A casino, also called a gaming house or a gambling establishment, is an institution where people can play games of chance for money. Most casinos offer a wide variety of games, including poker, blackjack, and craps. Some even have restaurants and bars. Often, casinos are combined with hotels and resorts. In the United States, many casinos are located in cities such as Las Vegas, Reno, and Atlantic City. Others are scattered across the country, often near state lines or in remote areas.

Most casino games involve some element of skill, but the overall result of a game is determined primarily by chance, with some exceptions. For example, the house has a mathematical advantage in most table games (such as roulette and baccarat), but a slight disadvantage in others (such as slot machines and poker). This edge is known as the “house edge.” Casinos are designed around noise, light, and excitement to encourage gamblers.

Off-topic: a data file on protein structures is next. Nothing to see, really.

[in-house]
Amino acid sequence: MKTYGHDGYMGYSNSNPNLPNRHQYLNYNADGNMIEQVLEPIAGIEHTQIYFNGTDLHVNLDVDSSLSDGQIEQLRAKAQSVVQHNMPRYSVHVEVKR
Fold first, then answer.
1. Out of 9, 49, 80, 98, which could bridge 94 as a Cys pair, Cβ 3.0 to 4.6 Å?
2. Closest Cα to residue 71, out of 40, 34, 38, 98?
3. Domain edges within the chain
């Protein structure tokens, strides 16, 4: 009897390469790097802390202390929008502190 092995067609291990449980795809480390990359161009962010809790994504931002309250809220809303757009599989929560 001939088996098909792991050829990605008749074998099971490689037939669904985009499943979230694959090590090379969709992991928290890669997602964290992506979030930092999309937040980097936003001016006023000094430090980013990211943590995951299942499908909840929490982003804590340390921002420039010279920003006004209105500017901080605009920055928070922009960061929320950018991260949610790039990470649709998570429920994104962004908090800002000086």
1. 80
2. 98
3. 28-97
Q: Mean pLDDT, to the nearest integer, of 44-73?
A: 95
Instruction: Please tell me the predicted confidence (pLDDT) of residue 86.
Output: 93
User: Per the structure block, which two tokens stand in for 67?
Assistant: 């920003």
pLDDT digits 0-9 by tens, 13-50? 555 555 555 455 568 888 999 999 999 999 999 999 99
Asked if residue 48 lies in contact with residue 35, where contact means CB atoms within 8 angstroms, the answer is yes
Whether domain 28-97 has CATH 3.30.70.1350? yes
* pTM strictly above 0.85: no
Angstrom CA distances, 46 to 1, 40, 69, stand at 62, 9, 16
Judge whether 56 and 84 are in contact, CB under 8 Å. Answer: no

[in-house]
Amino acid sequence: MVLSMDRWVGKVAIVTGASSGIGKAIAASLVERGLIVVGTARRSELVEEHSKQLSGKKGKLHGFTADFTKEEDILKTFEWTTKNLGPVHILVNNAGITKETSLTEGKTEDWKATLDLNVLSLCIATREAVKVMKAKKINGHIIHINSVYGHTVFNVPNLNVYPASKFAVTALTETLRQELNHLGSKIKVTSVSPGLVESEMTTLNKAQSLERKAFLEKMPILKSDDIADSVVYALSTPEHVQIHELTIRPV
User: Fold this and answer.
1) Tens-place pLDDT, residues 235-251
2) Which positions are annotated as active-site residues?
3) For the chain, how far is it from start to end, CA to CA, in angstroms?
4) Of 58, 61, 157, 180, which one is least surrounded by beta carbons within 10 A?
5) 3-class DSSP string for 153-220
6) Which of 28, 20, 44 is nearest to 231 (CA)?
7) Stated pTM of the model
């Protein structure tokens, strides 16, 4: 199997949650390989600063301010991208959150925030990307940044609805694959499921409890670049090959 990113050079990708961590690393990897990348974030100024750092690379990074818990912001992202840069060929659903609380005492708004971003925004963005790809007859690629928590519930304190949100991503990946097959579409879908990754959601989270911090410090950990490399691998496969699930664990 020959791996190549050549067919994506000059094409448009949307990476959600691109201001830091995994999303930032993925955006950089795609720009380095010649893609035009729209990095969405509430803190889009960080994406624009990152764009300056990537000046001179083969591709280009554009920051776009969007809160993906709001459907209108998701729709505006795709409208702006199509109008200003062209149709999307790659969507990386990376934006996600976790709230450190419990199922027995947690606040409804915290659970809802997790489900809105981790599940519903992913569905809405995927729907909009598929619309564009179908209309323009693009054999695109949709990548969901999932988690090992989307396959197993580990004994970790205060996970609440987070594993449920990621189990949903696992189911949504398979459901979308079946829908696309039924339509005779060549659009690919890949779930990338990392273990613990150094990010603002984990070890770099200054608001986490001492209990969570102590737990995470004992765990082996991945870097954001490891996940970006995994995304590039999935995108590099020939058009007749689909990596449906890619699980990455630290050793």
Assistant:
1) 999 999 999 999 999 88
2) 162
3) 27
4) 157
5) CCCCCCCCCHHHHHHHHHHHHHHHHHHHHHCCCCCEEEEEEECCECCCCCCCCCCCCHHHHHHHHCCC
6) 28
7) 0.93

Some casinos focus on high-stakes gamblers and provide special rooms and amenities. In some cases, these high rollers generate a significant portion of the profits for the casinos. These players are referred to as VIPs, and their play is rated and tracked by casino employees. In exchange for their play, casinos give these players free hotel rooms, meals, show tickets, and even limo service and airline tickets. This is known as comping.

Something about gambling seems to encourage people to cheat or steal. As a result, casinos invest a great deal of time and money on security. This includes the use of security cameras, employee escorts, and other measures.